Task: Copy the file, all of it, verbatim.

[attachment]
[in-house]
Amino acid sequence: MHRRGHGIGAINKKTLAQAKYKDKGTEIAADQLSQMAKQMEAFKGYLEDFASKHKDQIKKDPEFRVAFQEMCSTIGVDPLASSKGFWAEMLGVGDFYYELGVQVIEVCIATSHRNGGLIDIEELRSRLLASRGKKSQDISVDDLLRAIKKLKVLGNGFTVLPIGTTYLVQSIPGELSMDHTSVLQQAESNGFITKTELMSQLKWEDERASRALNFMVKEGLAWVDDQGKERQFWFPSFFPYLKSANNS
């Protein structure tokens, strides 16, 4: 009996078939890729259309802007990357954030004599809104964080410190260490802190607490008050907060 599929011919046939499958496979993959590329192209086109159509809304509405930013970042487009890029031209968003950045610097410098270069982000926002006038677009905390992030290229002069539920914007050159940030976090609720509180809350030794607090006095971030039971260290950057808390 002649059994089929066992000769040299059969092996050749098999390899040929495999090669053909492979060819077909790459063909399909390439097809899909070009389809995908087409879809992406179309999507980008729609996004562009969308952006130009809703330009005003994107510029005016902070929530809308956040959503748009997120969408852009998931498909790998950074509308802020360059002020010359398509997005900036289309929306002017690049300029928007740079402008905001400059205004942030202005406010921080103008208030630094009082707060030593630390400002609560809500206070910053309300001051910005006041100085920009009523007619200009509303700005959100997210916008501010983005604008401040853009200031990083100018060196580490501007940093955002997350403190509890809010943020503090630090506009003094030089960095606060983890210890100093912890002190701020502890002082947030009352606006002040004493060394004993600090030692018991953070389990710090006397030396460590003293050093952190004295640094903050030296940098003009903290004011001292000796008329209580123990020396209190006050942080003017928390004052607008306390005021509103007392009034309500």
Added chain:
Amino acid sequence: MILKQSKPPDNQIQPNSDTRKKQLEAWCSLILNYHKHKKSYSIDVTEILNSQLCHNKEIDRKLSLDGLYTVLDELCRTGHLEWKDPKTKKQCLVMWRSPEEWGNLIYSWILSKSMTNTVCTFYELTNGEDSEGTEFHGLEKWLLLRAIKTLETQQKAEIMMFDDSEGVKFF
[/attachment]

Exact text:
[in-house]
Amino acid sequence: MHRRGHGIGAINKKTLAQAKYKDKGTEIAADQLSQMAKQMEAFKGYLEDFASKHKDQIKKDPEFRVAFQEMCSTIGVDPLASSKGFWAEMLGVGDFYYELGVQVIEVCIATSHRNGGLIDIEELRSRLLASRGKKSQDISVDDLLRAIKKLKVLGNGFTVLPIGTTYLVQSIPGELSMDHTSVLQQAESNGFITKTELMSQLKWEDERASRALNFMVKEGLAWVDDQGKERQFWFPSFFPYLKSANNS
């Protein structure tokens, strides 16, 4: 009996078939890729259309802007990357954030004599809104964080410190260490802190607490008050907060 599929011919046939499958496979993959590329192209086109159509809304509405930013970042487009890029031209968003950045610097410098270069982000926002006038677009905390992030290229002069539920914007050159940030976090609720509180809350030794607090006095971030039971260290950057808390 002649059994089929066992000769040299059969092996050749098999390899040929495999090669053909492979060819077909790459063909399909390439097809899909070009389809995908087409879809992406179309999507980008729609996004562009969308952006130009809703330009005003994107510029005016902070929530809308956040959503748009997120969408852009998931498909790998950074509308802020360059002020010359398509997005900036289309929306002017690049300029928007740079402008905001400059205004942030202005406010921080103008208030630094009082707060030593630390400002609560809500206070910053309300001051910005006041100085920009009523007619200009509303700005959100997210916008501010983005604008401040853009200031990083100018060196580490501007940093955002997350403190509890809010943020503090630090506009003094030089960095606060983890210890100093912890002190701020502890002082947030009352606006002040004493060394004993600090030692018991953070389990710090006397030396460590003293050093952190004295640094903050030296940098003009903290004011001292000796008329209580123990020396209190006050942080003017928390004052607008306390005021509103007392009034309500």
Added chain:
Amino acid sequence: MILKQSKPPDNQIQPNSDTRKKQLEAWCSLILNYHKHKKSYSIDVTEILNSQLCHNKEIDRKLSLDGLYTVLDELCRTGHLEWKDPKTKKQCLVMWRSPEEWGNLIYSWILSKSMTNTVCTFYELTNGEDSEGTEFHGLEKWLLLRAIKTLETQQKAEIMMFDDSEGVKFF